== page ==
Six on Saturday – In and Out – January 12 2019

We may get some snow tomorrow. Perhaps 1 – 3″. I am hoping to get a photo of my red twig dogwood (Arctic Fire) against a white background. If I do, I’ll post it next week. It’s been cold enough that the ground is frozen along with the remaining puddles.

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2. I checked the lenten roses but the buds are still furled. However, in one of my raised beds a  lone hyacinth is emerging. A squirrel must have planted it.

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3. Fred the French Gardener posted a photo of moss and I could see some outside my office window. I put on my chicken boots and went out for a closer look.

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4. The slender Hinoki cypress in the front of the house has lovely foliage.

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5. Inside I was thrilled to see an open bloom on the first orchid I have ever managed not to kill. The blooming stalk is very long so I’ve propped it on the clivia (which shows no evidence of flowering yet).

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6. I need to cut back my the geraniums in the inside big pots, but that will be a job for tomorrow when there is snow on the ground. This morning I enjoyed a spot of color.

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That’s my Six on Saturday, a meme started by The Propogator, a UK gardener. There’s always something interesting in the garden if you just stop to look — even on these dark, cold winter days. This is the link to the rules if you’d like to join in.

 

 

 

Write on Wednesday – When I Have Nothing to Say, Someone Else Does – January 9, 2019

I follow a number of blogs. One of the ones I actually read when it comes into my email box is The Passive Voice. The tag line for this blog is “A Lawyer’s Thoughts on Authors, Self-Publishing and Traditional Publishing.”  The Passive Voice finds interesting articles and blog posts that bear on publishing. They are usually short but have links if you want to read the original.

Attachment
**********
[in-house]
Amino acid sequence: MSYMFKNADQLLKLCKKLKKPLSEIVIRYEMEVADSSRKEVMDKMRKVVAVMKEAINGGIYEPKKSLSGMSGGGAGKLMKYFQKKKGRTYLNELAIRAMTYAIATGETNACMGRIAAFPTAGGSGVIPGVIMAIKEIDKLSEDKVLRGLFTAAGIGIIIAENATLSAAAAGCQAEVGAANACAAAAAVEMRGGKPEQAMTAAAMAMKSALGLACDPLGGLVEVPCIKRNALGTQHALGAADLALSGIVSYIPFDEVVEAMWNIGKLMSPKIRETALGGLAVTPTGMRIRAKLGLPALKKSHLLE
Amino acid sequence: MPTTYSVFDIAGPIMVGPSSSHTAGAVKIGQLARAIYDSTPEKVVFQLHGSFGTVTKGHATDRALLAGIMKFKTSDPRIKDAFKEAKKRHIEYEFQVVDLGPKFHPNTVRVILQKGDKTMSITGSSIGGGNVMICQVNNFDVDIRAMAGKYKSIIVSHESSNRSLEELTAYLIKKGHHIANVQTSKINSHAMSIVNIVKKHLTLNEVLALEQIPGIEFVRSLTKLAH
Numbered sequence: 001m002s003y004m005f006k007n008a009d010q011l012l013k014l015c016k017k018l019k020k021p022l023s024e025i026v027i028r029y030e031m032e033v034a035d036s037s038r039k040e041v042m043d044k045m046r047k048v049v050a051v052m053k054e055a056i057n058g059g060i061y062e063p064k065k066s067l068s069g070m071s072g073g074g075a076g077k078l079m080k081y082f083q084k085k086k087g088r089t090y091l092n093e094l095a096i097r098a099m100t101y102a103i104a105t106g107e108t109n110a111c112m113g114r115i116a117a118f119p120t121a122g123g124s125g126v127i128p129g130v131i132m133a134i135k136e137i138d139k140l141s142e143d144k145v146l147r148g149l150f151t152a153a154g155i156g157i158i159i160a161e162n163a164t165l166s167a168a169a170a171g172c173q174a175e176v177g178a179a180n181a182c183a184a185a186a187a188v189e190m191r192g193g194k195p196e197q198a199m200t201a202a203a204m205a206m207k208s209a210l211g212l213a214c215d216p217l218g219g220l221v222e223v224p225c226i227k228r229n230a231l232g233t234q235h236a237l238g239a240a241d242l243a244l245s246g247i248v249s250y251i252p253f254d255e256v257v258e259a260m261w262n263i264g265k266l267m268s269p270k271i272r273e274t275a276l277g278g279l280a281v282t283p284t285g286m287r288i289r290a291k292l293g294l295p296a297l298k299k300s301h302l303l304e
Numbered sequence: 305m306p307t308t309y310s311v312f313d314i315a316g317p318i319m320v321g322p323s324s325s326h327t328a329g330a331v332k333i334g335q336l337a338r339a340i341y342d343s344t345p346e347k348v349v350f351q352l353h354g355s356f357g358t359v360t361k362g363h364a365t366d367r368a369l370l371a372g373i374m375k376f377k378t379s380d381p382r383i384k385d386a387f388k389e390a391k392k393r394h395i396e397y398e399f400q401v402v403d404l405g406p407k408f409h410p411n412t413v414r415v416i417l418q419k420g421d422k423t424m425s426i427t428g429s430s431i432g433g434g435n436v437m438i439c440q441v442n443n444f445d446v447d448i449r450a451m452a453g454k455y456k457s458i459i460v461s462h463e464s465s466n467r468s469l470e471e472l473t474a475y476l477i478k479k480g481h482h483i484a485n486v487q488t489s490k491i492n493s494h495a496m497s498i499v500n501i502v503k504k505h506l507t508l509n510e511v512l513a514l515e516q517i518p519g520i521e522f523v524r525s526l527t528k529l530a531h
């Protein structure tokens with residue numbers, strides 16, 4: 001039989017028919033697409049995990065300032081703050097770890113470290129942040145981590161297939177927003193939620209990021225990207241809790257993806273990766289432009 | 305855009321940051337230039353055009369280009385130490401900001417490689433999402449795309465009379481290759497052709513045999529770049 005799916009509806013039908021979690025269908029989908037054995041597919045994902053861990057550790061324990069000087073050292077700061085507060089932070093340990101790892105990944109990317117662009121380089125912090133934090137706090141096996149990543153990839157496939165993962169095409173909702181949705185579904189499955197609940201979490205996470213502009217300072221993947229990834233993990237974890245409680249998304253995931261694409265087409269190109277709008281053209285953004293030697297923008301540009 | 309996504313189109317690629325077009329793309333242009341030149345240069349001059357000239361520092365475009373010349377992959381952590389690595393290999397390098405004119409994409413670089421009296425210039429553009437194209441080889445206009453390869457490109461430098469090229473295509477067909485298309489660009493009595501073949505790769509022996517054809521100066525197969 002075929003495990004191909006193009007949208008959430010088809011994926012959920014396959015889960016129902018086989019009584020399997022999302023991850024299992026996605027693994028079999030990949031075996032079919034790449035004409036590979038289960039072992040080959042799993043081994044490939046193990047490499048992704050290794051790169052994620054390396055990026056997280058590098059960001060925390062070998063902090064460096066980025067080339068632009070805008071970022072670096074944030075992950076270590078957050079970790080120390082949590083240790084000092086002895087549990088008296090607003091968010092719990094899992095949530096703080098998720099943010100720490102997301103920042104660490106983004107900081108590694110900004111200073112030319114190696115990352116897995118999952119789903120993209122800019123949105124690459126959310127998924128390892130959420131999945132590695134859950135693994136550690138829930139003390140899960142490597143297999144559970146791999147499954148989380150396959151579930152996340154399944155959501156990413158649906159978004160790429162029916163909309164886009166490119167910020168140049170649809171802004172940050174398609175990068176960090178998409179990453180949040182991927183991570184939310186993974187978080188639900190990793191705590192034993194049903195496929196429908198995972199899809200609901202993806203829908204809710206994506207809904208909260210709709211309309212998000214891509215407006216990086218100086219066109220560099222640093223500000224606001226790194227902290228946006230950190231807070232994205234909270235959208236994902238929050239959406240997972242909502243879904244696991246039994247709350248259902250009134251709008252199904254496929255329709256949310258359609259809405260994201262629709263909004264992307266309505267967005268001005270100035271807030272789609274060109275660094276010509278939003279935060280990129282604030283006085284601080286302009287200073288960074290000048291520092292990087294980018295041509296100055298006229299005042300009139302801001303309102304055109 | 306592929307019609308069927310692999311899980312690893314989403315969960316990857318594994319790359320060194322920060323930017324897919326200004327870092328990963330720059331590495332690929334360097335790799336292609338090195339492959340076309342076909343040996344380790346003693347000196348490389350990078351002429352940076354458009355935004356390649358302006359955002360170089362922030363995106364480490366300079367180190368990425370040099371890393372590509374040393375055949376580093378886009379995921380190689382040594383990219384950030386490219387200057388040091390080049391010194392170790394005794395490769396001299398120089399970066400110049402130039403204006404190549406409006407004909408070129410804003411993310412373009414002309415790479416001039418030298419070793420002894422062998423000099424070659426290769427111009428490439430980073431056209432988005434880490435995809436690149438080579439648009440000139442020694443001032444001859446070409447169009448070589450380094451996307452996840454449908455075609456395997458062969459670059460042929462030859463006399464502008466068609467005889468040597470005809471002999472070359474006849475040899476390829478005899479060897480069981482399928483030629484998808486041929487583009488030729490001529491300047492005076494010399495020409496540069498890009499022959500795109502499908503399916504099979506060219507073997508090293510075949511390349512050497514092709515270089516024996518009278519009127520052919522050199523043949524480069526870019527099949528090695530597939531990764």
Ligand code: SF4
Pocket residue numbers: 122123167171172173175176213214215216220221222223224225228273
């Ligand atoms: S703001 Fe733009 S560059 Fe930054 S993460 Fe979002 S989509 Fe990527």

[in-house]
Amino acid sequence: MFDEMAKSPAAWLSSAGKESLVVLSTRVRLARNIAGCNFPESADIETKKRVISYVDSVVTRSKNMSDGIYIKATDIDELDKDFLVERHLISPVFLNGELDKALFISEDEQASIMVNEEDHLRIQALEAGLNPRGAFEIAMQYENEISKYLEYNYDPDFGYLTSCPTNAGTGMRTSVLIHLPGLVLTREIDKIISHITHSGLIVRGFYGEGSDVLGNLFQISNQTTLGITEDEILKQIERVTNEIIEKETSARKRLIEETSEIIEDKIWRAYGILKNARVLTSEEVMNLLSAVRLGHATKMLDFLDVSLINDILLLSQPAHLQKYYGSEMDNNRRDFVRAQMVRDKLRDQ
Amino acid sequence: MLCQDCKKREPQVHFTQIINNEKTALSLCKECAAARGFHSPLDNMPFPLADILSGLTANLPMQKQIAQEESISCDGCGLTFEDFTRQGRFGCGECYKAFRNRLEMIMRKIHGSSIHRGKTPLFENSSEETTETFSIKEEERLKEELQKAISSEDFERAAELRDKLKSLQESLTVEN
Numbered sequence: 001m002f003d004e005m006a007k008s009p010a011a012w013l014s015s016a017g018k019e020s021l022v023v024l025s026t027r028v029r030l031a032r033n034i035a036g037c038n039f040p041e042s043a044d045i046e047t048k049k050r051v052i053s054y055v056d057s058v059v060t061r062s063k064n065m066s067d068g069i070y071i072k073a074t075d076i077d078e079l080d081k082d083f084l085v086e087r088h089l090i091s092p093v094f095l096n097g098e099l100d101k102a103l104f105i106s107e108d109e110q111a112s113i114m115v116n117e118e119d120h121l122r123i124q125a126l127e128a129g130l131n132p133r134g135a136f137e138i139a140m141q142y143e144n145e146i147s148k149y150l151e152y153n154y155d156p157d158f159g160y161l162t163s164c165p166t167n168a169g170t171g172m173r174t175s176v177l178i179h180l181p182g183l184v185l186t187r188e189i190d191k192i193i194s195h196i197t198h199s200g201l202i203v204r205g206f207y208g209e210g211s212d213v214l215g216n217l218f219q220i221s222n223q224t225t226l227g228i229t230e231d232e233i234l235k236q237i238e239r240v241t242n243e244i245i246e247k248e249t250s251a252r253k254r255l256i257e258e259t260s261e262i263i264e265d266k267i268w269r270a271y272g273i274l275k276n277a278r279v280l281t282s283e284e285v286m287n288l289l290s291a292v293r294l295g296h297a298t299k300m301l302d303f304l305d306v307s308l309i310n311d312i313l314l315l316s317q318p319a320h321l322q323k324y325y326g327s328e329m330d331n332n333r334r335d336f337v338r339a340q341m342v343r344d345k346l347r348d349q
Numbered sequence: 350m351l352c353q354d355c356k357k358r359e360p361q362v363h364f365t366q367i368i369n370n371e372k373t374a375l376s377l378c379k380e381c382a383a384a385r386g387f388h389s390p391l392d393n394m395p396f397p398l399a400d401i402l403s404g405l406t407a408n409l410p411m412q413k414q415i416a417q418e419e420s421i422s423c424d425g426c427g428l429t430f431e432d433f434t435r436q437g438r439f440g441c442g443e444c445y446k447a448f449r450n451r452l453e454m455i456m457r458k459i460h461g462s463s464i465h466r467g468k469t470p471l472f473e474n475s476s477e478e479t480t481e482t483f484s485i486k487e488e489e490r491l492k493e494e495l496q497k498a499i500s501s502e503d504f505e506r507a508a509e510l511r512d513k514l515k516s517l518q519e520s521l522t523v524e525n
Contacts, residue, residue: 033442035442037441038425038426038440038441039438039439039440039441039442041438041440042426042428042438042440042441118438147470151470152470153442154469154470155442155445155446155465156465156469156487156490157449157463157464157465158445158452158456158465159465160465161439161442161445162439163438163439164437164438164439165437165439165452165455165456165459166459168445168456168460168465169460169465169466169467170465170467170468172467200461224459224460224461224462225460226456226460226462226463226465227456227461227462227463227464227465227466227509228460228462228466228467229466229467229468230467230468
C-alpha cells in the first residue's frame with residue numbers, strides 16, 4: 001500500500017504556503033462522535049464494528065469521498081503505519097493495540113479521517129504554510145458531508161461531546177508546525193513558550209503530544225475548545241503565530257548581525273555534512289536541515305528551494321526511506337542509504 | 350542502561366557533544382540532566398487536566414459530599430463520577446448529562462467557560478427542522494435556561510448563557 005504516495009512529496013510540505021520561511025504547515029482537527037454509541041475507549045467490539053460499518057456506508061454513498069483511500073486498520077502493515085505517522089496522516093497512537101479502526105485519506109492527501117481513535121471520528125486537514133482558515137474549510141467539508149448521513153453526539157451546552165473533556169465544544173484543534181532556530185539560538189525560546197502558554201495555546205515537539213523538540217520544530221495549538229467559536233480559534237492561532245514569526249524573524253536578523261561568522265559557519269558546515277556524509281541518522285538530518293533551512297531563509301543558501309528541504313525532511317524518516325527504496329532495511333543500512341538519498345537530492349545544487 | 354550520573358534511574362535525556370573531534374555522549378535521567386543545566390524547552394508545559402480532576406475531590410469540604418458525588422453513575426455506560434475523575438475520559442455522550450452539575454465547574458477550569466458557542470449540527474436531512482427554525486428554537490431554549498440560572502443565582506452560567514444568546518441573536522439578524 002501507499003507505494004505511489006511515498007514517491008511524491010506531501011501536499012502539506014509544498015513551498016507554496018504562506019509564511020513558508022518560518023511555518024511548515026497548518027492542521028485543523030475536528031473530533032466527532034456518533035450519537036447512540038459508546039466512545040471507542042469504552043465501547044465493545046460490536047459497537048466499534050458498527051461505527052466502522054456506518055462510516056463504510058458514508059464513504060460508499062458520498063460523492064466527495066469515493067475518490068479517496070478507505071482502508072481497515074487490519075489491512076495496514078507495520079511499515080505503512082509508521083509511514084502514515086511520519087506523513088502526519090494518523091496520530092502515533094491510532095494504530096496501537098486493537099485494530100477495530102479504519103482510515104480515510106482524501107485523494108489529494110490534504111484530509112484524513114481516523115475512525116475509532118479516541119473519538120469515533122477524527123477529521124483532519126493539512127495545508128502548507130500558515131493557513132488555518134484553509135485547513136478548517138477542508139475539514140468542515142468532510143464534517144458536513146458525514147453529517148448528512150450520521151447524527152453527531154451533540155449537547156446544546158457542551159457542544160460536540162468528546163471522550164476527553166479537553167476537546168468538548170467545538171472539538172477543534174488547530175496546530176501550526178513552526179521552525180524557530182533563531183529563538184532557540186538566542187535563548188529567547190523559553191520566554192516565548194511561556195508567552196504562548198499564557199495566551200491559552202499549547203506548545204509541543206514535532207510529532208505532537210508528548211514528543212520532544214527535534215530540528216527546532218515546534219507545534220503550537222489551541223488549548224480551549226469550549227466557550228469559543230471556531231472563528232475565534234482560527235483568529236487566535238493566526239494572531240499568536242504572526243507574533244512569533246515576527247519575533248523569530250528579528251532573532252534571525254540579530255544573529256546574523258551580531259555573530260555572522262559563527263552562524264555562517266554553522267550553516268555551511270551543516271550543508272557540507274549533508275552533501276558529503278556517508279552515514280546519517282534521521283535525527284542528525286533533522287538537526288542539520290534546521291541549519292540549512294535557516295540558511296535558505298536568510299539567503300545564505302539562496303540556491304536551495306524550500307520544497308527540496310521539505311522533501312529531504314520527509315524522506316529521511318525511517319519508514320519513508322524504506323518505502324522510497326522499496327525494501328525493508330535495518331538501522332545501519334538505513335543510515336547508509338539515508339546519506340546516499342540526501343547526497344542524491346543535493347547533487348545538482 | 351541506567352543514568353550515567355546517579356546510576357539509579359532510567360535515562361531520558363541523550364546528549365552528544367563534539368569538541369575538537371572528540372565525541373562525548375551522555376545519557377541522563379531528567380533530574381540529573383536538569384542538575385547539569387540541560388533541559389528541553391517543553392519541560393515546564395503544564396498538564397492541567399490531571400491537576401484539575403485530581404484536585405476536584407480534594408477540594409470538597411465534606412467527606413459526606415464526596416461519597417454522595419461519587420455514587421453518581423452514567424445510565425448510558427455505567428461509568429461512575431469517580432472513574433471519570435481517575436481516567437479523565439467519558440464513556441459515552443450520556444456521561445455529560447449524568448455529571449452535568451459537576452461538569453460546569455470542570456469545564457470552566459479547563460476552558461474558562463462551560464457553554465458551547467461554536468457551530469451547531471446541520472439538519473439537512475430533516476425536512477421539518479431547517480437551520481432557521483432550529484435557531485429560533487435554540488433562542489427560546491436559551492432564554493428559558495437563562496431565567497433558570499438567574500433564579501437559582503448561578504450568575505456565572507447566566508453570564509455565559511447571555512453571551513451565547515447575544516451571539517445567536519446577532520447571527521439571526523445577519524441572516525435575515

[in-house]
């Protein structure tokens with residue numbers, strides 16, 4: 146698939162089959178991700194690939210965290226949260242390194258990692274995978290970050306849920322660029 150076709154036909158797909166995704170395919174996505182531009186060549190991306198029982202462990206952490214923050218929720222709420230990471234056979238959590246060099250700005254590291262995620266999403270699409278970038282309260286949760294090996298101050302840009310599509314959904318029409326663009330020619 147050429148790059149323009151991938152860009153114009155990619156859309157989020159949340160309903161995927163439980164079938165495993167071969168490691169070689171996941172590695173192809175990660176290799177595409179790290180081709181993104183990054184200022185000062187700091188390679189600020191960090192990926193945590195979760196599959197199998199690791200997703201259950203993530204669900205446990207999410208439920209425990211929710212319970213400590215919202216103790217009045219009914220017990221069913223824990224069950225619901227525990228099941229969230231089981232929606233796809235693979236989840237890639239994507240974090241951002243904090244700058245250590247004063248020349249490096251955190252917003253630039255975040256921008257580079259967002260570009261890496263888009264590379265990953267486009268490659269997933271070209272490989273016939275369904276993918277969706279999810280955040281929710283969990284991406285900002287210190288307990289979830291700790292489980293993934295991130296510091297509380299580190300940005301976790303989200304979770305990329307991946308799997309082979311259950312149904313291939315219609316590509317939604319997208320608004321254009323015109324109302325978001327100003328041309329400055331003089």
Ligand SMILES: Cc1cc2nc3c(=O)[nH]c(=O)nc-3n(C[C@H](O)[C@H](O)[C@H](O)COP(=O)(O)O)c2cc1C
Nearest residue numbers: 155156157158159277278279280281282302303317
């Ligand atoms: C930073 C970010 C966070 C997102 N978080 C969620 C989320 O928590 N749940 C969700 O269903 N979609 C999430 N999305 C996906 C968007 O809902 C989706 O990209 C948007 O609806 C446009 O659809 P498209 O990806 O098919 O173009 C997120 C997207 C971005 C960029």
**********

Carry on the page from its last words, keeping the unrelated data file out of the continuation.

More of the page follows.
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Today when I am immersed in revisions to my novel, and have nothing thoughtful to say, I suggest you check out The Passive Voice. There’s always something interesting  and thoughtful there.

 

Six on Saturday – Lean In – January 5, 2019

A statistic last week indicated we have had over 70″ of rain this year, double the usual amount. No wonder we feel inundated. Many local farmers have lost their winter wheat crop as seeds rotted in the ground. Last spring some planted corn three times.

For us home gardeners the rain is a big inconvenience. Lots of leaves still on ground that’s too wet to work on, and piles of tree trash that gets deposited on the lawn with every big blow. But although I have been a gardener for more years than I like to admit, it continues to amaze me that life in the garden goes on. You just have to put on your wading boots and lean in.

  1. Other SoS gardeners have been showing blooming hellebores. I thought I checked last week and didn’t see anything. Obviously I didn’t lean in far enough. I only saw buds on one plant this morning and I haven’t kept records in the past, but buds the size of Christmas tree lights (not the little ones) are impressive for January 5.

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2. Raindrops in the early morning decorated a small leafed maple.

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3. In one of my raised beds at home I had transplanted some beet seedlings from my Community garden bed last summer. They never did a thing but I didn’t pull them when fall clean-up was delayed by wet weather. They are showing growth among the fallen leaves. I wonder if I will actually get beet roots in the spring. img_8104

4. Fennel doesn’t surrender to the weather and tends to self seed which can be a problem. This is in a raised bed. I’ll keep it because the Black Swallowtail butterflies pupated on the stalks last year and the foliage is a tasty addition to winter salads. I can see some rabbit damage.

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5. Even the dried heads of hydrangea Limelight are beautiful in the early morning mist.

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6. In an effort to organize seeds this winter I purchased some half priced Christmas storage. The seeds won’t care that the boxes are red and green. With lidded containers I’ll be able to get the seed box off my work surface.